on a project, as evidenced by the index of independently published statements we have from Black artists and consultants on ‘Art AIDS America’ whose direct recommendations were ignored and sidelined, he’s clearly not the right choice to lead a project like this or the accompanying conversations,” Jordan wrote.
TAC is recommending that TAM hire a guest curator with experience and qualification specifically engaging with African-American art history as well as “good experience engaging and with Black voices from an advisory and or community standpoint.”
The dialogue between TAC and TAM will continue, both organizations say.
Art AIDS America 2.0
When “Art AIDS America” opened at the Zuckerman Museum of Art (ZMA) at Kennesaw State University outside Atlanta on February 20 there was an expanded roster of artists, with the additions fully integrated but labeled slightly differently to, TAM says, highlight the critique that the museum hopes will be carried forth in each venue.
An Atlanta Journal-Constitution review of the show said it was debatable whether the inclusion of certain Black artists furthered the aims of the show but that “the responsiveness of the museum does prove art’s status as a living, breathing organism rather than a moribund collection of stuff. Under smart curation, it morphs and changes and responds to the world it occupies.”
Chris Jordan says that some of the additions to the show included work that was “rich, and layered and complex and nuanced.”
“It appeared that they [the curators] had done some digging,” Jordan said. “The scary part was noticing among the additions, the trend in legacy of Black artists who died unrecognized, and undervalued.”
Hushka tells A&U that the additions have made “Art AIDS America” a more inclusive show, but that it retains the original mission to be “a groundbreaking rethinking of American art and how HIV/AIDS is at the heart of American creativity.”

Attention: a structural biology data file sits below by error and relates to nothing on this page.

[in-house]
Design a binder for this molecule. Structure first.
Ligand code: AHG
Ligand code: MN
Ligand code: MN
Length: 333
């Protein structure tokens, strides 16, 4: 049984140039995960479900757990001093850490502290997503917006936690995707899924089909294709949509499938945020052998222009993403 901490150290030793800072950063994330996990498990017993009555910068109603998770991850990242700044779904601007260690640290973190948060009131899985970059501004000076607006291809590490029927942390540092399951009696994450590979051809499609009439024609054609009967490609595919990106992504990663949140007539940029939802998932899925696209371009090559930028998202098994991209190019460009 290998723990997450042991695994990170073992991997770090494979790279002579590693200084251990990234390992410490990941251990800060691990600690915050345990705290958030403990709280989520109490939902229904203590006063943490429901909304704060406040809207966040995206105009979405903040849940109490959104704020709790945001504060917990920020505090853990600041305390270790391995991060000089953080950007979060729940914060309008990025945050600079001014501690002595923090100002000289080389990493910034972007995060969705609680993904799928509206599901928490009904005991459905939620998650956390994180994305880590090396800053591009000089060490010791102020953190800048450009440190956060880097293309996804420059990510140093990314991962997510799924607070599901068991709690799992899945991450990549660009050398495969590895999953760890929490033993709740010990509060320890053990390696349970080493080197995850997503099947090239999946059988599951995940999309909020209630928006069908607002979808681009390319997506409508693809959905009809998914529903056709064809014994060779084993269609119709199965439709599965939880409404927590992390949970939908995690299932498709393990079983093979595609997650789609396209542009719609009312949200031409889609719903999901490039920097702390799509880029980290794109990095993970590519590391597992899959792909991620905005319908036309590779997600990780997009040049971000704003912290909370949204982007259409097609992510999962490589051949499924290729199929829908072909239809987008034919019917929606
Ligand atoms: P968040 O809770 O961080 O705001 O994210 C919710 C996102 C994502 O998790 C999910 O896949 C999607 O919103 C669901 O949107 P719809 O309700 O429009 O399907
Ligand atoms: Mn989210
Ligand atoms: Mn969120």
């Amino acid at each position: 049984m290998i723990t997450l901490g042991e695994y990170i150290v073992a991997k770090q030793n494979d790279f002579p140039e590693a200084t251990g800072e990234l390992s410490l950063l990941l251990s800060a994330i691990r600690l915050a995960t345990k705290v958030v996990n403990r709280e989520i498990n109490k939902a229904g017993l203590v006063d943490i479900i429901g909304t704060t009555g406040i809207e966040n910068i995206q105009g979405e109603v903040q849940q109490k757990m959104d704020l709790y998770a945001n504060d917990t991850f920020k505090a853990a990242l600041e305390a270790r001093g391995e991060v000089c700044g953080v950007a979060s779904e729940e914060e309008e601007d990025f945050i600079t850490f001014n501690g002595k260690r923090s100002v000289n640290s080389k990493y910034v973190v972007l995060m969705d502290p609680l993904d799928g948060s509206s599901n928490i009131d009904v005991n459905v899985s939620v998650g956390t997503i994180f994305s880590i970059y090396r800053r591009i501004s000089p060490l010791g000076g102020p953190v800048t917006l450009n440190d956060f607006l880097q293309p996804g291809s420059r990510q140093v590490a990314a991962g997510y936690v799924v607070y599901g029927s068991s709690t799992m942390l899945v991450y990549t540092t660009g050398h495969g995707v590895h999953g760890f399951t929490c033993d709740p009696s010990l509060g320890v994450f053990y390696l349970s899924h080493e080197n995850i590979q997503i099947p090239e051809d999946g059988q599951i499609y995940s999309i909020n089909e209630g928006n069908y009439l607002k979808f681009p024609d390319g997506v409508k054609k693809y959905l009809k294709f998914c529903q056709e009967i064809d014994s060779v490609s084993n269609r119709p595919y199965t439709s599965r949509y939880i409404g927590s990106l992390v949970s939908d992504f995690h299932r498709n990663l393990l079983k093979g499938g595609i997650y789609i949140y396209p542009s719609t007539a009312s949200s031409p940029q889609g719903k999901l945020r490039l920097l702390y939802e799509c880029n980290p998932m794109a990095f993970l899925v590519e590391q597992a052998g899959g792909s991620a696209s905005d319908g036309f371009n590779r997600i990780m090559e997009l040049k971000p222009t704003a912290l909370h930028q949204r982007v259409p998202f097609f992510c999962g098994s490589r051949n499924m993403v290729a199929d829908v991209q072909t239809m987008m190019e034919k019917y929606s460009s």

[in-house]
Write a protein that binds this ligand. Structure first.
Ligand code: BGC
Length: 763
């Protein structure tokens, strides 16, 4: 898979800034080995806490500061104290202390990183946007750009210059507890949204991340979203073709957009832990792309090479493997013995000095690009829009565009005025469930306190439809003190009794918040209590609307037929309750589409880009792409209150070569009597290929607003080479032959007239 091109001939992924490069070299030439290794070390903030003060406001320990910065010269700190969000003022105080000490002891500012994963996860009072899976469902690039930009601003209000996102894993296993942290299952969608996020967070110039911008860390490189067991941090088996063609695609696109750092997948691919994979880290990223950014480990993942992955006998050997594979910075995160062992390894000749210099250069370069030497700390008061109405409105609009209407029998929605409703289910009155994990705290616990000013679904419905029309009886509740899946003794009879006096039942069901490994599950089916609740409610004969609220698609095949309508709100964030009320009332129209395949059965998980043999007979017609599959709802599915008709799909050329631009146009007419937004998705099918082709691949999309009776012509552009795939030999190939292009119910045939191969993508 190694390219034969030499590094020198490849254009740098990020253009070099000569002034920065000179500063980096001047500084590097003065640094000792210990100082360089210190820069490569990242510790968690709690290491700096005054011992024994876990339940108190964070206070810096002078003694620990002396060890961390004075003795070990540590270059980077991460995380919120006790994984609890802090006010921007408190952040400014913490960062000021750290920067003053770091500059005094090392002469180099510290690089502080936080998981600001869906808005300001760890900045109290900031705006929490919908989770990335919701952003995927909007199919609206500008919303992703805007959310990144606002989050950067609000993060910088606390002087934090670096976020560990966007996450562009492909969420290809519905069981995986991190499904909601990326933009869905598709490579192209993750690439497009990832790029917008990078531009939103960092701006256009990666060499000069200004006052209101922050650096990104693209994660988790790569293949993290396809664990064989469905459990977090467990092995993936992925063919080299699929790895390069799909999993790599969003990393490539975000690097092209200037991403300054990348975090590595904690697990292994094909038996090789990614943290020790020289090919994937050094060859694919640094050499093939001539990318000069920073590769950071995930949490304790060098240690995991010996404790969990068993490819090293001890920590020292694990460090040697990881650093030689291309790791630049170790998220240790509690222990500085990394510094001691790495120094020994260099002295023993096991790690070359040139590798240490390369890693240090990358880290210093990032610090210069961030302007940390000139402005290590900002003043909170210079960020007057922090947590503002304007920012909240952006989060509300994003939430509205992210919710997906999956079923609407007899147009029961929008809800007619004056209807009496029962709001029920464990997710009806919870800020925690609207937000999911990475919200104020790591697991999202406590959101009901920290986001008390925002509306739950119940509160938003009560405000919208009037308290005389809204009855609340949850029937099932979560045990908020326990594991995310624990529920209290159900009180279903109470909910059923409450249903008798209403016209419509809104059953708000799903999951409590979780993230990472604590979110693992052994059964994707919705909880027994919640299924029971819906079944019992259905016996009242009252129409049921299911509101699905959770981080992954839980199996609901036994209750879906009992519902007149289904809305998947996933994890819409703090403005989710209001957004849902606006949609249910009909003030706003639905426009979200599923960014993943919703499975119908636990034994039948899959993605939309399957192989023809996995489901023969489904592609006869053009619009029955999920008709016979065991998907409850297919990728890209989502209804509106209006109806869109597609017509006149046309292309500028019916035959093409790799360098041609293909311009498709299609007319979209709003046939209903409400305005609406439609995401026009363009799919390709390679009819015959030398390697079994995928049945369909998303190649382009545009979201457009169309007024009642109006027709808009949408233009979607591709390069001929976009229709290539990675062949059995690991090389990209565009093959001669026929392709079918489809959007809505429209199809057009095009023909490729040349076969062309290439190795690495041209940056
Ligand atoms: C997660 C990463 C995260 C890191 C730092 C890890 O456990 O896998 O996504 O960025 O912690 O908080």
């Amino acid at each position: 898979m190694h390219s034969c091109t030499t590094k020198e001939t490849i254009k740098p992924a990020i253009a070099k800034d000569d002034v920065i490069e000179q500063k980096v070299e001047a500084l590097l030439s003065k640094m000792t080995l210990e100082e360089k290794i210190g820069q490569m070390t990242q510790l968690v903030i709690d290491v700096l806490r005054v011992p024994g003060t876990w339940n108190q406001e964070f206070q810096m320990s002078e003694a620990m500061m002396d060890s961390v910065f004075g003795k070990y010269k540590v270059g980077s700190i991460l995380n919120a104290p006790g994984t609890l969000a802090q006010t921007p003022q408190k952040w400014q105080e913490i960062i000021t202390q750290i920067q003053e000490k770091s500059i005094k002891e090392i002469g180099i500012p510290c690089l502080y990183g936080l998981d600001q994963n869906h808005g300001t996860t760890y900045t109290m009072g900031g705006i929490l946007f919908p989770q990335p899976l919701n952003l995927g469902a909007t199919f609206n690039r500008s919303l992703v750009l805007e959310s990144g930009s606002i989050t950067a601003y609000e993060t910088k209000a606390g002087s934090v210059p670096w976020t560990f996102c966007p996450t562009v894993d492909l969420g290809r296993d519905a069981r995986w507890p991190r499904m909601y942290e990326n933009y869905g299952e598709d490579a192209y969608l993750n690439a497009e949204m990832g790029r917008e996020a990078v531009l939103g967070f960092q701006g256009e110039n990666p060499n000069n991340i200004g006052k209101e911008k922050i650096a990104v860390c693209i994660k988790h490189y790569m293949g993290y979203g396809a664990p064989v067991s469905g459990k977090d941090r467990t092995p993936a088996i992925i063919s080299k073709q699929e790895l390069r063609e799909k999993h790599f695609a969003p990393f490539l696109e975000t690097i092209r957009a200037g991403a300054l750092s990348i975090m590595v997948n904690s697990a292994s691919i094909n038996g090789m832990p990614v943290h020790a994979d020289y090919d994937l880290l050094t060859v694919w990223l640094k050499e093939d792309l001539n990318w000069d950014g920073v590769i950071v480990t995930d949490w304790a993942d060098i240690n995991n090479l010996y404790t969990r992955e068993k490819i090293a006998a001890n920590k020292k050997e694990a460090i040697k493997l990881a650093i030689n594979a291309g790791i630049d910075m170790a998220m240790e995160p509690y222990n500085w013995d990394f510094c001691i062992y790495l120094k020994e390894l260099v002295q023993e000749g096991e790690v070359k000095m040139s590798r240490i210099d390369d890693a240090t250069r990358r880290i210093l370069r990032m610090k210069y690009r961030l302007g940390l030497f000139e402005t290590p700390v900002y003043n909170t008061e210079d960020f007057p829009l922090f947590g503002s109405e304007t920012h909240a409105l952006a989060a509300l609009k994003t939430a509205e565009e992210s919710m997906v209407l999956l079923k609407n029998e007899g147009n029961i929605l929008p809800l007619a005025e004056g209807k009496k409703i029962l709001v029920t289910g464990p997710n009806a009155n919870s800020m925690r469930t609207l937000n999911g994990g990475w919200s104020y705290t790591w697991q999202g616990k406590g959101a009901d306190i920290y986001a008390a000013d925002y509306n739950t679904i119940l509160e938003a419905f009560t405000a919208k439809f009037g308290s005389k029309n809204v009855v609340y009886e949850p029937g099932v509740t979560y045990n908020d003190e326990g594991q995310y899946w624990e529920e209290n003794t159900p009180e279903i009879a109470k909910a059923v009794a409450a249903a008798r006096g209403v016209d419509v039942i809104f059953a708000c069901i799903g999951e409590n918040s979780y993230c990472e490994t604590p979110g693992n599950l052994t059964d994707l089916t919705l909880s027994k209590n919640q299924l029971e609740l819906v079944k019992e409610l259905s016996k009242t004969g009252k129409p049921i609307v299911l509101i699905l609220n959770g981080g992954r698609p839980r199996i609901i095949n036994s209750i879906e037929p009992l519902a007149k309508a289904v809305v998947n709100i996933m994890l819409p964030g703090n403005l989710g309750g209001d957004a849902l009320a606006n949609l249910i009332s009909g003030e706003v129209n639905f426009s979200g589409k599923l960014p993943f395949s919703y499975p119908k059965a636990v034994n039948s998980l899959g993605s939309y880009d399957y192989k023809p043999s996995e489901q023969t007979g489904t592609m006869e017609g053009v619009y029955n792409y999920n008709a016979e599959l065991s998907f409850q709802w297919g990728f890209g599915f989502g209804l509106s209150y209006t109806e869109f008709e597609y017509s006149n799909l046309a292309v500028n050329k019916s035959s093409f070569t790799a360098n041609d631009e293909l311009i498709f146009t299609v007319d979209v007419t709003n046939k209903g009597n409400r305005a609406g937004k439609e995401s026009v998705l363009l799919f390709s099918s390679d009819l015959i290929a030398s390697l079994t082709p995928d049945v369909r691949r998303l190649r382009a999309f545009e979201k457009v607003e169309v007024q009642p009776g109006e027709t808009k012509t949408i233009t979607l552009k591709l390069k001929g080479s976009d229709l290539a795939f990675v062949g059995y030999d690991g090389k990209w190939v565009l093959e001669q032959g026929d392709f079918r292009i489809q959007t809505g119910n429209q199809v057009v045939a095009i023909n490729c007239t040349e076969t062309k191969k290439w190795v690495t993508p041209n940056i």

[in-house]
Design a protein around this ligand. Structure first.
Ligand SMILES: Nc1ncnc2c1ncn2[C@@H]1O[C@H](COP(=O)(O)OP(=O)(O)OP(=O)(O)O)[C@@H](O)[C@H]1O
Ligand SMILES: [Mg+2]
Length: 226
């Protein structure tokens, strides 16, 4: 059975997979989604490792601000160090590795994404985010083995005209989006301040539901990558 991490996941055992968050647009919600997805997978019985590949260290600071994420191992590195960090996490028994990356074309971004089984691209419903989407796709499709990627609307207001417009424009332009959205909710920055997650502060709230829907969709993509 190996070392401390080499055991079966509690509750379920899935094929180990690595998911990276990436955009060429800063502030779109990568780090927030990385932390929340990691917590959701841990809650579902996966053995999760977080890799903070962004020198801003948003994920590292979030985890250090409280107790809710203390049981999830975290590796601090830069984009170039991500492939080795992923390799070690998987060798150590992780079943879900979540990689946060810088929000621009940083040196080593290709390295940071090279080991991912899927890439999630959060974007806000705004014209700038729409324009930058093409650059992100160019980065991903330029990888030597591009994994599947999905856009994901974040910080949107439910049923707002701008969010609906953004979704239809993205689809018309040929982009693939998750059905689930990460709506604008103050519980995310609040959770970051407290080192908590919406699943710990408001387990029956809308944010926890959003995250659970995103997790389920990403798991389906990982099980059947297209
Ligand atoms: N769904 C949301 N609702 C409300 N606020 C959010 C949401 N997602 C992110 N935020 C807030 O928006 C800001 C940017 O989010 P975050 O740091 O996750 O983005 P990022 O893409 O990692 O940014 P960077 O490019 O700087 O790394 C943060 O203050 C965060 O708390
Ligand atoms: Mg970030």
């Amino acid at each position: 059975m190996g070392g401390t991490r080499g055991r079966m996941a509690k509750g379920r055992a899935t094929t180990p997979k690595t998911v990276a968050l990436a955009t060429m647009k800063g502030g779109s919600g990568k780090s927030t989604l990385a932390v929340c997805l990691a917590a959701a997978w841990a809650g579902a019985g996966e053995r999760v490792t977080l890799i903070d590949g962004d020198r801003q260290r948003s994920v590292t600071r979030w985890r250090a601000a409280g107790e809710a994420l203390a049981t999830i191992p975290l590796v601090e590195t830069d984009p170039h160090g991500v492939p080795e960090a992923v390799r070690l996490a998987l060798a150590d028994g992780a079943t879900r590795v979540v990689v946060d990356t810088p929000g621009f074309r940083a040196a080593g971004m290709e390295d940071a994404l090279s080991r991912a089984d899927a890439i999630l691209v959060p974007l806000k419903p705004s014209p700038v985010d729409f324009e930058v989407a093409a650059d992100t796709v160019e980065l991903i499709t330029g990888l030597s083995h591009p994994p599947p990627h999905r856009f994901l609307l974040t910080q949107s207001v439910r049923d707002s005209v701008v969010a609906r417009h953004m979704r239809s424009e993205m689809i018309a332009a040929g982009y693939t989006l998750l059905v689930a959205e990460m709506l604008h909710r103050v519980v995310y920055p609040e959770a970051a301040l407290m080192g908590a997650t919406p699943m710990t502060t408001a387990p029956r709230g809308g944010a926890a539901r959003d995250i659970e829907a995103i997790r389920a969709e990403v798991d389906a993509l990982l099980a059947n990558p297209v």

The bigger picture
Nayand Blake, a multiracial Black-identifying artist whose work, Every Twelve Minutes, is featured in “Art AIDS America,” tells A&U that the TAC protests were valid, but that the issue of black exclusion is much bigger than the exhibition or TAM.
“It’s about an art world mired in prejudice,” he says.
Labeija, and now Hushka, would agree.
“Here’s what messes with my head,” Labeija says. “I can take the subway and see ads with two gay Black men discussing safer sex and HIV. We can be in bus stops, we can be in subway stations but we can’t be in art institutions. That makes no sense to me. It’s like saying ‘you can be in the ghetto but you don’t belong with us.’”
Hushka suggests that TAC’s protest did the art world and the Tacoma Art Museum a huge favor by opening eyes to the lack of representation of people of color in the mainstream art world.
“I hope we [TAM] can use this opening to become a national model of diversity and equity and inclusion. These issues need to be addressed by museums and community partners. The moment we take our eye off the ball is the moment we’ve failed.”
He says he expects the conversation to continue long after “Art AIDS America” closes next year. “What we don’t want to have happen is to sweep the issues under the rug. We want to have frank conversations about barriers in the museum industry for people of color.”
“Art AIDS America” runs from July 13 to September 25 at the Bronx Museum in New York, and opens at the Alphawood Foundation in Chicago December 1. For more information about Tacoma Action Collective, log on to: https://www.facebook.com/TacomaActionCollective/.
Larry Buhl is regular contributor to A&U.